Oral contraceptives and breast cancer risk overall and by molecular subtype among young women.

Publication Type:

Journal Article

Source:

Cancer epidemiology, biomarkers & prevention : a publication of the American Association for Cancer Research, cosponsored by the American Society of Preventive Oncology, Volume 23, Issue 5, p.755-64 (2014)

Keywords:

2014, April 2014, Center-Authored Paper, Collaborative Data Services Core Facility, Epidemiology Core Facility, Human Biology Division, Public Health Sciences Division, Shared Resources

Abstract:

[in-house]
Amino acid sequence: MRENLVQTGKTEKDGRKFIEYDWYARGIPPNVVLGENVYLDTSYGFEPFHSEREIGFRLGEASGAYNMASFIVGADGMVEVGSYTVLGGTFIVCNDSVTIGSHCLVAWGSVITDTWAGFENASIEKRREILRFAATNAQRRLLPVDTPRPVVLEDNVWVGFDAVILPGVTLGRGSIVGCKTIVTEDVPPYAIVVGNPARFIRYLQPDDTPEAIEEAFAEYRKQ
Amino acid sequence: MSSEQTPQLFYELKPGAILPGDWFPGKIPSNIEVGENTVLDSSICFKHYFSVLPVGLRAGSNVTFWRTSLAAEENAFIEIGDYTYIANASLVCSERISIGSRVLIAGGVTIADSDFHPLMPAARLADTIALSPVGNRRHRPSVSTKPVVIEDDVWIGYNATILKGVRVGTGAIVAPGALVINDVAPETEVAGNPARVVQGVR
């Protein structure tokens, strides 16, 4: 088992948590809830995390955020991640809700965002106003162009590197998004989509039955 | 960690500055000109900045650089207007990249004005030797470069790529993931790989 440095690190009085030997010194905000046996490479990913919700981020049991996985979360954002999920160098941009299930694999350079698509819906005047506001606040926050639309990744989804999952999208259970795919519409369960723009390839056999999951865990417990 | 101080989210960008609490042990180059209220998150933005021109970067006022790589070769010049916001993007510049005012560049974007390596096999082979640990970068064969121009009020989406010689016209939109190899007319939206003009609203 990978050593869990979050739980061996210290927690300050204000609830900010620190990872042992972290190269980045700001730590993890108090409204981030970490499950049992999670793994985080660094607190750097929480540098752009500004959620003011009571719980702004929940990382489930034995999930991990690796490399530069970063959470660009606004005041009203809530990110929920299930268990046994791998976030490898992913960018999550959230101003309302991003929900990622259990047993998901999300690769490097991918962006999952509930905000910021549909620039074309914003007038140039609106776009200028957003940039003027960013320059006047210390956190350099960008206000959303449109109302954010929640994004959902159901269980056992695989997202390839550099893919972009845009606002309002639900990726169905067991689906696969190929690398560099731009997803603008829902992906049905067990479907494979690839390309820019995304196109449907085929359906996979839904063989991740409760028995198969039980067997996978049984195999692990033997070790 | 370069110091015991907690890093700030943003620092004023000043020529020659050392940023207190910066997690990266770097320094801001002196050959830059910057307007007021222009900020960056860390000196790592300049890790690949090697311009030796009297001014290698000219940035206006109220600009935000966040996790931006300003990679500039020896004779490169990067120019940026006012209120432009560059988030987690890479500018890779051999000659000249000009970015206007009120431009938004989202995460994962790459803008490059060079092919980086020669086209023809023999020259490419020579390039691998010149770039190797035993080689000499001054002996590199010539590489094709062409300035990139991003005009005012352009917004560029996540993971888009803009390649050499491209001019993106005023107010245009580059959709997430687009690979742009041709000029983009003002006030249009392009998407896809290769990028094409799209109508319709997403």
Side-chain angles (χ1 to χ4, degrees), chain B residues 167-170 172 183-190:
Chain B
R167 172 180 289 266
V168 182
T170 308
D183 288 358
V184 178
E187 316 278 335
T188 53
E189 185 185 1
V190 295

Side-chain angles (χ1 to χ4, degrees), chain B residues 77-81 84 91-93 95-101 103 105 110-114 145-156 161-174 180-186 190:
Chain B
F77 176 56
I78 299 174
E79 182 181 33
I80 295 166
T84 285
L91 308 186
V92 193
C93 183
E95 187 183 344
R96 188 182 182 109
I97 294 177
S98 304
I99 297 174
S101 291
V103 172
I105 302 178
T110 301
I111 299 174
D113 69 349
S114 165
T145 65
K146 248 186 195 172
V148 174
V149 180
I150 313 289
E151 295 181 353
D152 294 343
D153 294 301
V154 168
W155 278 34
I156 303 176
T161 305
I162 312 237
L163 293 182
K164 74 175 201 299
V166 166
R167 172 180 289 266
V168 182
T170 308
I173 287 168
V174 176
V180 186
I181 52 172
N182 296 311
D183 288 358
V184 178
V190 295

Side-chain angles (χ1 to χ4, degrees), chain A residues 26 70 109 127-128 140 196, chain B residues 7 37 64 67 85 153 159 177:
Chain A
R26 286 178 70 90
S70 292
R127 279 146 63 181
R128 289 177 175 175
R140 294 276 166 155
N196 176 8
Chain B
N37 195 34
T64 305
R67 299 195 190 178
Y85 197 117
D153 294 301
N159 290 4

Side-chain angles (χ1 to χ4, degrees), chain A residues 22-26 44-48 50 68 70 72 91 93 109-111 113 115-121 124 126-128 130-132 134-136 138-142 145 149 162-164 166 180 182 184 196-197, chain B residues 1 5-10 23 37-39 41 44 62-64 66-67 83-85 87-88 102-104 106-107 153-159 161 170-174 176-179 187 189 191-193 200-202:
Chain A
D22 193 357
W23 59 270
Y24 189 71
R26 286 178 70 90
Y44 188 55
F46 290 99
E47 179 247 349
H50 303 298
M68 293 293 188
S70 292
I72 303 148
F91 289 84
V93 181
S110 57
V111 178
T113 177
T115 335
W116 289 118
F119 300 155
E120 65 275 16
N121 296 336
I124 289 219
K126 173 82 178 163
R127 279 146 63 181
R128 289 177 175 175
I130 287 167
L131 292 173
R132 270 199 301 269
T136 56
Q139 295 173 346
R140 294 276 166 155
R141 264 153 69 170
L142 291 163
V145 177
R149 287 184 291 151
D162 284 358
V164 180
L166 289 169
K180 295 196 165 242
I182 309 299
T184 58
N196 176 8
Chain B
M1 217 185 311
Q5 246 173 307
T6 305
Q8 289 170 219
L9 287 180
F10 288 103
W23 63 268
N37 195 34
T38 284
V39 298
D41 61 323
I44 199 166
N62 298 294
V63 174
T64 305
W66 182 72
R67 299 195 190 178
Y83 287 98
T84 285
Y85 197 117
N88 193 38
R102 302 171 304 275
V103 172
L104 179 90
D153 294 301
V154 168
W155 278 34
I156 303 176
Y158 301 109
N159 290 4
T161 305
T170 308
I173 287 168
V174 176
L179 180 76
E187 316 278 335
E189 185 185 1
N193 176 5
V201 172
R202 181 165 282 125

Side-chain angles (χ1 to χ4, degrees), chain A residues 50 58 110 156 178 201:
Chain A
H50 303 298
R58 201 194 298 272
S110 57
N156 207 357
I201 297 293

Background: Evidence suggests that recent oral contraceptive (OC) use is associated with a small increased breast cancer risk; yet risks associated with contemporary OC preparations and by molecular subtype are not well characterized. Methods: We conducted a population-based case-control study of invasive breast cancer among women ages 20-44 residing in the Seattle-Puget Sound area from 2004-2010 (985 cases and 882 controls). We collected information on contraceptive use and participant characteristics via an in-person interview. Multivariable-adjusted logistic regression was used to calculate odds ratios (OR) and 95% confidence intervals (CI). Results: Lifetime duration of OC use for ≥15 years was associated with an increased breast cancer risk (OR=1.5, 95% CI=1.1-2.2). Current OC use (within 1 year of reference date) for ≥5 years was associated with an increased risk (OR=1.6, 95% CI=1.1-2.5) and there were no statistically significant differences in risk by OC preparation. Risk magnitudes were generally greater among women ages 20-39, and for estrogen receptor negative (ER-) and triple-negative breast cancer (current use for ≥5 years among ages 20-39: ER- OR=3.5, 95% CI=1.3-9.0; triple-negative OR=3.7, 95% CI=1.2-11.8), though differences between groups were not statistically significant. Conclusions: Long-term use of contemporary OCs and current use for ≥5 years was associated with an increased breast cancer risk among women ages 20-44. Risk may be greater among younger women and for ER- and triple-negative breast cancer, but these findings require confirmation. Impact: Continued surveillance and pooled analyses of OC use and breast cancer risk by molecular subtype are needed as OC preparations evolve.